The U.S. Department of Labor (DOL) issued its final regular rate rule on December 16, 2019. The rule is designed to clarify what forms of payments made by employers must be included in an employee’s “regular rate of pay,” and what payments may be properly excluded from the time-and-a-half overtime calculation required by the Fair Labor Standards Act (FLSA) for non-exempt employees.
The regular rate of pay is the rate which employers must multiply by 1.5 to calculate the appropriate rate of pay for overtime. Thus, determining an employee’s regular rate is critical to properly calculating their overtime rate. While the regular rate may simply be the employee’s hourly rate of pay, that is not always the case. In certain circumstances, non-discretionary bonuses and other perks or benefits may need to be included in the regular rate calculation. For example, if the employee receives an attendance bonus each pay period, that bonus must be accounted for in the employee’s regular rate of pay calculation.
The new DOL rule provides welcome clarity in this area. In particular, the final rule states that the following benefits may be offered without requiring an adjustment to the employee’s regular rate:
- Certain parking benefits, wellness programs, onsite specialist treatment, gym access and fitness classes, employee discounts on retail goods and services, certain tuition benefits (whether paid to an employee, an education provider, or a student loan program), and adoption assistance
- Payments for unused paid leave, including paid sick leave or paid time off
- Payments of certain penalties required under state and local scheduling laws
- Reimbursed expenses including cell phone plans, credentialing exam fees, organization membership dues, and travel, even if not incurred “solely” for the employer’s benefit. The rule clarifies that reimbursements that do not exceed the maximum travel reimbursement under the Federal Travel Regulation System or the optional IRS substantiation amounts for travel expenses are per se "reasonable payments"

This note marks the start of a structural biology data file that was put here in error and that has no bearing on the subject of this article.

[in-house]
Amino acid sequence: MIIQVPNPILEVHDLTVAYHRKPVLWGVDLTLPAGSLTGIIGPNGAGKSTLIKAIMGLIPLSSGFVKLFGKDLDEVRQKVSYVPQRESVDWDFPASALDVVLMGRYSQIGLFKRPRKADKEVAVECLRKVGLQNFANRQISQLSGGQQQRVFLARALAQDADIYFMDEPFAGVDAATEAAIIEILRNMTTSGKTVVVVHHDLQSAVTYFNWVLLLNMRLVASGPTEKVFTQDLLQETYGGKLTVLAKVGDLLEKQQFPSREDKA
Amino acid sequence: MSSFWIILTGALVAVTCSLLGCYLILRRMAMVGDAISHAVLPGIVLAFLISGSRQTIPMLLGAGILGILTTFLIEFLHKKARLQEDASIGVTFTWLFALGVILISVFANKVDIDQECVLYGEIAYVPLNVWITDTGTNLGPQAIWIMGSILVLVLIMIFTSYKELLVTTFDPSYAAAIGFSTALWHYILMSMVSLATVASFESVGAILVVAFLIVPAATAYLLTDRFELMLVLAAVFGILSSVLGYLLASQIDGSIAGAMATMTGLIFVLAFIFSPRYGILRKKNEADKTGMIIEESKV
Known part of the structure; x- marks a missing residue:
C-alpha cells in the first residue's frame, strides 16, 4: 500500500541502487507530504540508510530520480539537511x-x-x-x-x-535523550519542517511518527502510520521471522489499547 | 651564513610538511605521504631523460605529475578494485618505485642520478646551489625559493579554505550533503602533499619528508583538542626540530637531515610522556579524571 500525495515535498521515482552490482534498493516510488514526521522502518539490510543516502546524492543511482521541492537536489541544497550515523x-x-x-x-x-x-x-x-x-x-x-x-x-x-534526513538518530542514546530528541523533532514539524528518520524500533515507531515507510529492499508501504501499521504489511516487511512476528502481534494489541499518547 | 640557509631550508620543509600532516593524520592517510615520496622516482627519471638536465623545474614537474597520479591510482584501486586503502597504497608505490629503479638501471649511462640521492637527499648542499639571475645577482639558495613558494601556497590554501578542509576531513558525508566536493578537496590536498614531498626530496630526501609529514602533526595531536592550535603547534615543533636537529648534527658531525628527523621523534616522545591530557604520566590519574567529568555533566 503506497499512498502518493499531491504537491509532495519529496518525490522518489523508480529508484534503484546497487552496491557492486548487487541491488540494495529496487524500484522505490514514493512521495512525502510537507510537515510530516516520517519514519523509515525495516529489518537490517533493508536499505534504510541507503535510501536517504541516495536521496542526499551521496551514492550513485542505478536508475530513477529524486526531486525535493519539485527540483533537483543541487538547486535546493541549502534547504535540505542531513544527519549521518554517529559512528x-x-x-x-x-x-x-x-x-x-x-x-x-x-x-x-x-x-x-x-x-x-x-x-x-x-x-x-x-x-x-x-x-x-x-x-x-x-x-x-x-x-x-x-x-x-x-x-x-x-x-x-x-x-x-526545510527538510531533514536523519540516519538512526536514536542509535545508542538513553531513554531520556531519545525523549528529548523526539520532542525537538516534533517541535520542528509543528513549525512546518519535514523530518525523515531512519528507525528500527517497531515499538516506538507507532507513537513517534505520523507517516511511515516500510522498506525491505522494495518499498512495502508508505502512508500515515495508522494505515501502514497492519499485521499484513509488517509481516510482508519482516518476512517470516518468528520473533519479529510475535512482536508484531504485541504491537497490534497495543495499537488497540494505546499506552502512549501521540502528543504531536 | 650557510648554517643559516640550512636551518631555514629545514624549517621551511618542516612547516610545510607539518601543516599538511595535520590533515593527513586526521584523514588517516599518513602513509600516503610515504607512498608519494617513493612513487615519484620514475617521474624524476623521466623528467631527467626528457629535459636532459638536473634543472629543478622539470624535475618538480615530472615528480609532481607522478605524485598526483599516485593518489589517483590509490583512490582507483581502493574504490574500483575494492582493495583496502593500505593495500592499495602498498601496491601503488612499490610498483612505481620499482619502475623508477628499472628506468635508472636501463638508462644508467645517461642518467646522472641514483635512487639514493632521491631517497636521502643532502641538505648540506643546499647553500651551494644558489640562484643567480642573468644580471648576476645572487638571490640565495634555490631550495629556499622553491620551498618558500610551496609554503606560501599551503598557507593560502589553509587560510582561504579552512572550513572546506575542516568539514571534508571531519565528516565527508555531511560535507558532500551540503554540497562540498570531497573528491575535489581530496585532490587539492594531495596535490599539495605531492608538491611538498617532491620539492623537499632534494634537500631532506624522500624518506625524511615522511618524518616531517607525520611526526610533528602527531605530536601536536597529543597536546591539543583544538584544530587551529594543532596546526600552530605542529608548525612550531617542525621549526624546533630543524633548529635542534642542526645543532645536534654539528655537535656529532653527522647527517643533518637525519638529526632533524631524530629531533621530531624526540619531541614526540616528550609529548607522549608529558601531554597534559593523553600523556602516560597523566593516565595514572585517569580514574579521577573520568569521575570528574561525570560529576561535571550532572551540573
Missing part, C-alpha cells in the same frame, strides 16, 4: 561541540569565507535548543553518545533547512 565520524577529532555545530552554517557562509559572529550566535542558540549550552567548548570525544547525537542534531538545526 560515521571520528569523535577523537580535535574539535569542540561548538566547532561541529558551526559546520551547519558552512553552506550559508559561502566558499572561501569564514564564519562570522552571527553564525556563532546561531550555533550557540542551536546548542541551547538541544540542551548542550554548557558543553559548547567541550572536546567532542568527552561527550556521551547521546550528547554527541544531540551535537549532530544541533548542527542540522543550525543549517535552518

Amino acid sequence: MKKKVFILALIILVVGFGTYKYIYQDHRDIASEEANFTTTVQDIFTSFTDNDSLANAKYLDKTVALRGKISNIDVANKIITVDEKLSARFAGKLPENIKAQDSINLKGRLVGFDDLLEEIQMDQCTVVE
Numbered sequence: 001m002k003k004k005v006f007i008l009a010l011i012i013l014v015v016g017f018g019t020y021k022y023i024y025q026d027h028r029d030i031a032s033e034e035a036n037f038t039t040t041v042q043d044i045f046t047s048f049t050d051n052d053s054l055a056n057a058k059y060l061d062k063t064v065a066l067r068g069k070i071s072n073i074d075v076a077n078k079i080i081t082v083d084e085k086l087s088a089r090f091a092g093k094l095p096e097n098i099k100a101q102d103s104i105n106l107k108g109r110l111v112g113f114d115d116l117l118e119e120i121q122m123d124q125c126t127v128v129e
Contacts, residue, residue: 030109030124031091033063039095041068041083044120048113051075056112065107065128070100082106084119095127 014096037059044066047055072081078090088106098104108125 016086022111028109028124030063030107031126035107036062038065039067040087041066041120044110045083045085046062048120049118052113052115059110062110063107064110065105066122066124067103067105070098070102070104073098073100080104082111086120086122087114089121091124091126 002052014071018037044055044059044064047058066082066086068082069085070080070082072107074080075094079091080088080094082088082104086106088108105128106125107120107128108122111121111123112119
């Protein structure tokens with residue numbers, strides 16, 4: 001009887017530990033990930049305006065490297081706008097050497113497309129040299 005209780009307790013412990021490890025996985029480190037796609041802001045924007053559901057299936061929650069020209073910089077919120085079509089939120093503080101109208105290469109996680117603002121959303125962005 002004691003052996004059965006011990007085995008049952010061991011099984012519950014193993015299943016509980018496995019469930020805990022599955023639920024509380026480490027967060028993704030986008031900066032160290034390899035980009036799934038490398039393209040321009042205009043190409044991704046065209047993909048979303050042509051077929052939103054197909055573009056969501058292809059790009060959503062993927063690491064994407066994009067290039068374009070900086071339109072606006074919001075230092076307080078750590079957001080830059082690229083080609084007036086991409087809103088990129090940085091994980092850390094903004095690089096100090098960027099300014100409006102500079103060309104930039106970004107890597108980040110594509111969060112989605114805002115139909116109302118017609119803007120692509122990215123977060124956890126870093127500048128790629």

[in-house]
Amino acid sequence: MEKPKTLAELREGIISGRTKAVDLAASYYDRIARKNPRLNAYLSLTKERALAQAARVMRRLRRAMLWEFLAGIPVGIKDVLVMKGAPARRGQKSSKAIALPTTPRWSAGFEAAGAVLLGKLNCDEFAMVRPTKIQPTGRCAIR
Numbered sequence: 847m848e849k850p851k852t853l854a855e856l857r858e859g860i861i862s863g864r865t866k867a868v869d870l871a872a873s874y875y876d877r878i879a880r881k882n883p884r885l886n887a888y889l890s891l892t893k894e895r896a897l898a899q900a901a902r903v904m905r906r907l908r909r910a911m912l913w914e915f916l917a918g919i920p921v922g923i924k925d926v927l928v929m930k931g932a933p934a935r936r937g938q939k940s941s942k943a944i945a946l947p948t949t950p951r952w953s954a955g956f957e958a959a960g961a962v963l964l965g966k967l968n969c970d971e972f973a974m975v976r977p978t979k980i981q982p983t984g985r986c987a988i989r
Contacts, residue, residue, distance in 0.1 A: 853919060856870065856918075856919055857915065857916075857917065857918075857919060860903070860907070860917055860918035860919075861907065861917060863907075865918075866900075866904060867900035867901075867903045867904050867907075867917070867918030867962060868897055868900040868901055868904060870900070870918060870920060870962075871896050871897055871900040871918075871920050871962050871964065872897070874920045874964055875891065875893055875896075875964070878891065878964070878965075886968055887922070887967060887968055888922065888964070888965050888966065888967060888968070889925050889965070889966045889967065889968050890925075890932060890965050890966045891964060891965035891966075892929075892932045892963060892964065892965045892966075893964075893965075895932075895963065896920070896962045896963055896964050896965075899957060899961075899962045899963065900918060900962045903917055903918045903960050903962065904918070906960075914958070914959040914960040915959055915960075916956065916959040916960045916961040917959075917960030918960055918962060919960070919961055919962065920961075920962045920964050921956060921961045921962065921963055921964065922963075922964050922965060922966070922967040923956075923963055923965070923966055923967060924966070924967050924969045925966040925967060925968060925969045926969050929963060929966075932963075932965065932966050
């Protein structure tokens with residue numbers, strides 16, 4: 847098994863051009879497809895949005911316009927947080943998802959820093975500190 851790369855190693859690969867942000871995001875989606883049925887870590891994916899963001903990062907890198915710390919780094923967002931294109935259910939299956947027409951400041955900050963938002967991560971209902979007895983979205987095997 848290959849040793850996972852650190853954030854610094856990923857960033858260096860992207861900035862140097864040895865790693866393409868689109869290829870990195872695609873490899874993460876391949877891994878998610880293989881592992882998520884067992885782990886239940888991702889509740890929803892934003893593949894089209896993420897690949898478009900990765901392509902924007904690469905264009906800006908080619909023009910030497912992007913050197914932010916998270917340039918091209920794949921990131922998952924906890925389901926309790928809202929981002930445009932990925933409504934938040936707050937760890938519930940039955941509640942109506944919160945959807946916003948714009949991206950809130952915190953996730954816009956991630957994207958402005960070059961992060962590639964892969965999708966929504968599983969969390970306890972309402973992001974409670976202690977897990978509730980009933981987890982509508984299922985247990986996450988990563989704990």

- Certain sign-on bonuses and certain longevity bonuses
- Office coffee and snacks provided to employees as gifts
- Contributions to benefit plans for accident, unemployment, legal services, or other events that could cause future financial hardship or expense
The final rule also reaffirms that discretionary bonuses need not be included, clarifies that the label assigned to a bonus does not determine whether it is discretionary, and provides illustrative examples.
Among several other changes, the final rule amends existing regulations relating to “call-back” pay. The rule eliminates the requirement that such pay may only be excluded from the regular rate where call-backs are “infrequent and sporadic,” while preserving the restriction that a call-back must not be pre-arranged if it is to be excluded from the regular rate calculation.
The DOL’s new regular rate rule is effective January 15, 2020, and will affect employers in numerous industries, especially those with substantial numbers of non-exempt workers. The DOL’s rule seeks to remove some of the pitfalls employers encounter as they try to navigate the often complex wage and hour requirements of FLSA regulations. The good news is that under this rule, employers can provide employees with additional perks and benefits without fear that these benefits may result in litigation over needed, but unknown, additions to overtime rates.